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Ontario carpenters go on strike, joining crane operators


This will be the third construction industry union to take labour action this May and the first time in 34 years that carpenters have gone on strike in the institutional, commercial and industrial sector. It will mean halting work for more than 2,000 workers in the Ottawa region alone.

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The Carpenters’ District Council of Ontario (CDCO), United Brotherhood of Carpenters and Joiners of America went on strike Monday, in a move impacting around 15,000 workers across the province.

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The intention to strike was announced Friday via a union press release, explaining that carpenters within the institutional, commercial and industrial (ICI) sector rejected their employers’ latest contract offer by a wide margin, and cited issues with wages during pandemic-era inflation.

“It comes down to financial compensation. We are having an affordability crisis right now in the province of Ontario, and the cost of living, whether it’s groceries and putting food on the table, housing or gasoline to get to work,” said Michael Yorke, President of the CDCO, in an interview.

Yorke said that the dispute centres wholly on compensation and affordability for the union, and that negotiations over contract language went smoothly and efficiently. The sticking point, he said, is how much pay many members believe they need to survive in Canada’s current economy.

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“Those are the messages coming loud and clear for our members, as well as we have to make sure that construction and carpentry is a viable career path for the next generation,” he said.

“The young men and women who are building our economy and building our infrastructure that we all need. We need to make sure that they have a viable career path.”

The cost of living has been rising steadily in Canada, and across the world, over the past year. In March 2022, prices for Canadian consumers were 6.7 per cent higher than the same time last year — the largest increase since January 1991.

Yorke said that the union negotiates contract terms every three years and that is the first time in 34 years that its carpenters have been on strike in the ICI sector. It will mean halting work for more than 2,000 workers in the Ottawa region alone.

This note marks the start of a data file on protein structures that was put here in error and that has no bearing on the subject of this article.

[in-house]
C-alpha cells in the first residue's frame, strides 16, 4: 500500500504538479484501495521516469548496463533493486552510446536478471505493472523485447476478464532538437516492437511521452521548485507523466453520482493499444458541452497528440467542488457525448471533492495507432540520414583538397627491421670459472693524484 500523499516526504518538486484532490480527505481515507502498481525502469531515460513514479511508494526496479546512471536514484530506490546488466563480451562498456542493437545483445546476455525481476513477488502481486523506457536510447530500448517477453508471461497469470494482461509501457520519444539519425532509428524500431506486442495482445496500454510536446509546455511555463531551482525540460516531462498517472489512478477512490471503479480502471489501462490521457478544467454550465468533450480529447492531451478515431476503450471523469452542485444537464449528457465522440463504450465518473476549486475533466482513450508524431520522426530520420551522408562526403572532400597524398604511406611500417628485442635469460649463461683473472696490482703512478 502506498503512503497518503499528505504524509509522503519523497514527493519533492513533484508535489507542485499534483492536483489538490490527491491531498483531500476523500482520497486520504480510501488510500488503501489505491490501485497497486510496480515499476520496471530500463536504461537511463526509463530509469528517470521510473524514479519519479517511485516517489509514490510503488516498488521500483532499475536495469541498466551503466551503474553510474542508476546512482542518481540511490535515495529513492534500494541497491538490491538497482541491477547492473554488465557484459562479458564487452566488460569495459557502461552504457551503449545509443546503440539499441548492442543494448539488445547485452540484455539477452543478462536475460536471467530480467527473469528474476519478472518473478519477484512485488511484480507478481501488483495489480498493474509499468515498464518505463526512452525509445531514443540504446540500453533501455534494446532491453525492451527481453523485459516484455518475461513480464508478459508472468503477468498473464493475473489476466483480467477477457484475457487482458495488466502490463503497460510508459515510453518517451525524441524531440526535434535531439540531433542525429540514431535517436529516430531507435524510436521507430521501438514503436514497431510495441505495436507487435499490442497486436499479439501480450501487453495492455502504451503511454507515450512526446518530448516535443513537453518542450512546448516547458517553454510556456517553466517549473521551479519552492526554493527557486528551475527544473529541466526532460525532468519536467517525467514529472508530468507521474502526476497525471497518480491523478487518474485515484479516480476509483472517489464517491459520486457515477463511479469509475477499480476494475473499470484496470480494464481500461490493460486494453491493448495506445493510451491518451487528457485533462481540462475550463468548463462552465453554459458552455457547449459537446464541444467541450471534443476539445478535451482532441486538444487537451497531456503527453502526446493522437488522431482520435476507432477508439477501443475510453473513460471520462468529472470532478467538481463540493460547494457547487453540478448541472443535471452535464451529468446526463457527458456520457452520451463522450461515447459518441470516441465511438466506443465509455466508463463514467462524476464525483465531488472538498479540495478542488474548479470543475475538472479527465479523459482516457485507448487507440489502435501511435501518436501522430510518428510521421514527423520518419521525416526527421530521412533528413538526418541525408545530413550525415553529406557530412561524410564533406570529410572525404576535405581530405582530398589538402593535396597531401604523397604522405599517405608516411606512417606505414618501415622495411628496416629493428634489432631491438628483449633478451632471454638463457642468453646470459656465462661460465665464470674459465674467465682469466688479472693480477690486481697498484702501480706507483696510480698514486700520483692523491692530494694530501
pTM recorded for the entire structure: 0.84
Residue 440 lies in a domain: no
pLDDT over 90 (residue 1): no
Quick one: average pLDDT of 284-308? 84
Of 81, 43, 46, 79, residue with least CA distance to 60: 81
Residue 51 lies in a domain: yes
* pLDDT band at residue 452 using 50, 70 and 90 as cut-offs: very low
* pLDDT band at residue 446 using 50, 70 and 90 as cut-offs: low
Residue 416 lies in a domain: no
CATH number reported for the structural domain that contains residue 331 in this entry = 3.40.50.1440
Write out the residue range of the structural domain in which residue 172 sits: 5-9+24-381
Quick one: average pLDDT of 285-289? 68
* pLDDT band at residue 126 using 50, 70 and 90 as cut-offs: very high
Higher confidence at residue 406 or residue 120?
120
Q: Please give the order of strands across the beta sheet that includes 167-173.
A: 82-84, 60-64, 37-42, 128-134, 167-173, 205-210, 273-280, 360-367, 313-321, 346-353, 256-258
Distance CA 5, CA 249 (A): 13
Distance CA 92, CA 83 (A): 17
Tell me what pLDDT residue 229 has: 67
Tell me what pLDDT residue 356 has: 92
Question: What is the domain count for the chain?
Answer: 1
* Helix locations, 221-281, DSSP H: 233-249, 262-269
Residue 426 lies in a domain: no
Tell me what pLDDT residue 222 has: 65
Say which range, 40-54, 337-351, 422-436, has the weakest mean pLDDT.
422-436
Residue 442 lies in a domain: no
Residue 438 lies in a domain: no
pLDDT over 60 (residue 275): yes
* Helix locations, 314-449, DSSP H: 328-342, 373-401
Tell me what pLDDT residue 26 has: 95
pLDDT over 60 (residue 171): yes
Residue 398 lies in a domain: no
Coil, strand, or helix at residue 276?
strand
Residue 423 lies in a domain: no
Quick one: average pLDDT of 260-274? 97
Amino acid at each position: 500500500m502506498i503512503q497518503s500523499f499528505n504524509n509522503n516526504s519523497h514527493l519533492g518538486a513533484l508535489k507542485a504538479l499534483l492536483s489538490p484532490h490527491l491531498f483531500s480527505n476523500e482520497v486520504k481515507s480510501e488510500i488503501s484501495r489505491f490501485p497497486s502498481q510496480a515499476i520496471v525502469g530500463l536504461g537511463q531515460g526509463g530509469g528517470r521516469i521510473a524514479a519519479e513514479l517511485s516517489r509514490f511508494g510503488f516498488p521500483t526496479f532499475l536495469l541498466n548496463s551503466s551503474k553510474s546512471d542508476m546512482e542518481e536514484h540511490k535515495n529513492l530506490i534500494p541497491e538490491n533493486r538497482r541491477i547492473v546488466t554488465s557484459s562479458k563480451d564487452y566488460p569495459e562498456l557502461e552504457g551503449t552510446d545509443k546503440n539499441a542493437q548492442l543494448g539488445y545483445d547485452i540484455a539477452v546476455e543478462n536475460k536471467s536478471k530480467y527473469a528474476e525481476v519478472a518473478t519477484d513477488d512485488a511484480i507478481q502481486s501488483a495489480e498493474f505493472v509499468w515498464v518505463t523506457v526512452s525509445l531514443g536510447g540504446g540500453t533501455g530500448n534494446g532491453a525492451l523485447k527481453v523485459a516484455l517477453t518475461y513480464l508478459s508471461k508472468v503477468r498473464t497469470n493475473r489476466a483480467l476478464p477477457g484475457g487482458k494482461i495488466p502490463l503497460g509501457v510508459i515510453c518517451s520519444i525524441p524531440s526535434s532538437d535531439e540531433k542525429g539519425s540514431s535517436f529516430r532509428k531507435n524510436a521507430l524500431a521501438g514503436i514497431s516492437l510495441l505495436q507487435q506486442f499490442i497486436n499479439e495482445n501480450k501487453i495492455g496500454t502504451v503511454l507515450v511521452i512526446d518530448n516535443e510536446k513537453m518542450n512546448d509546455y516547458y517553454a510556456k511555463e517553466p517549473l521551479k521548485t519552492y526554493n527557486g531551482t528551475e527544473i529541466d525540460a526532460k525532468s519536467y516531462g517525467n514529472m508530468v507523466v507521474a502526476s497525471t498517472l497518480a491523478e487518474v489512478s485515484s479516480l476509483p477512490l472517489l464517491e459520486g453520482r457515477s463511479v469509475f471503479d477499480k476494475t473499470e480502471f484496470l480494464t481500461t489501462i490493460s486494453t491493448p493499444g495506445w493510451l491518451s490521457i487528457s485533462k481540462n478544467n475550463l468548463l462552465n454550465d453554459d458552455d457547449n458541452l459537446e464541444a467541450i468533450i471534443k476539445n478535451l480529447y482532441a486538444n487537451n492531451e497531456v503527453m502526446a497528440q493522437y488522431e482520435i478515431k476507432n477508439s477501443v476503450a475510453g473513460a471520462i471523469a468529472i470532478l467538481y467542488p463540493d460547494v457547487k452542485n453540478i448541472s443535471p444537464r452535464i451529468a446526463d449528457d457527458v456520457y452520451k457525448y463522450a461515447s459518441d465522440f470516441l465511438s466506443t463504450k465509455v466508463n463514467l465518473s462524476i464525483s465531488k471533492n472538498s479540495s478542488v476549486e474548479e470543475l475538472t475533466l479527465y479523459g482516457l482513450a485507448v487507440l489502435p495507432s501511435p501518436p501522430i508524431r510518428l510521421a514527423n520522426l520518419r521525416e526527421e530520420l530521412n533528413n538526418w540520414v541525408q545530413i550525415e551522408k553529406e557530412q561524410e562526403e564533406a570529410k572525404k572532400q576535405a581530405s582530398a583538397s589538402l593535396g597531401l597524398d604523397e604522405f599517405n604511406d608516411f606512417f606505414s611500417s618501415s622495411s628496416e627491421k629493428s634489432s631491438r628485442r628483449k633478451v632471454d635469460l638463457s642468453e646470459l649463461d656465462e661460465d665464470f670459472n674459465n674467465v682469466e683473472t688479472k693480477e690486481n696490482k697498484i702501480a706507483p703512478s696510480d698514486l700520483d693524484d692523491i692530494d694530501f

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The CDCO is the third construction union to go on strike this month, following a short-lived action by the Laborer’s International Union of North America, and one by the International Union of Operating Engineers (IUOE), which is ongoing with a pause in activity for workers that operate cranes and heavy equipment and perform steel erection and mechanical installations, plus those involved in excavation, foundation, piling and caisson boring, general contractor construction and related survey work.

Yorke clarified that the CDCO’s decision to strike was in no way influenced by these other unions. “It was a decision made by members thinking about their own lives, their own livelihoods, and their own careers,” he said. “This was not influenced by outside parties at all.”

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John DeVries is the president of the Ottawa Construction Association (OCA). He said that, in light of strikes earlier this month, the carpenters’ strike will have a substantial impact on Ottawa’s construction industry.

“Everything starts to get integrated and compounded when trades pull,” he said. “If it goes on, then you have impacts when you can’t recover. Workers lose wages. You can’t recover lots and lots of wages very easily.”

DeVries said that different trades are very interdependent on construction sites and that loss of productivity gets bigger as each new union halts work.

“It’s very difficult to recapture time,” he said. “The market’s so strong right now, there’s more demand than supply.”

Construction was a $5 billion industry in Ottawa, as of 2019. At that time, there were more than 31,000 employees, 20,000 of which were unionized.

Provincial NDP leader Andrea Horwath Monday released a statement in solidarity with the striking carpenters. “They deserve wages that keep up with the skyrocketing cost of living,” it read.

Labour relations are part of both the fiscal and environmental strategies in the NDP’s electoral platform and have formed part of Horwath’s criticisms of Premier Doug Ford.

Another meeting between the two sides of the strike is set for Thursday morning.

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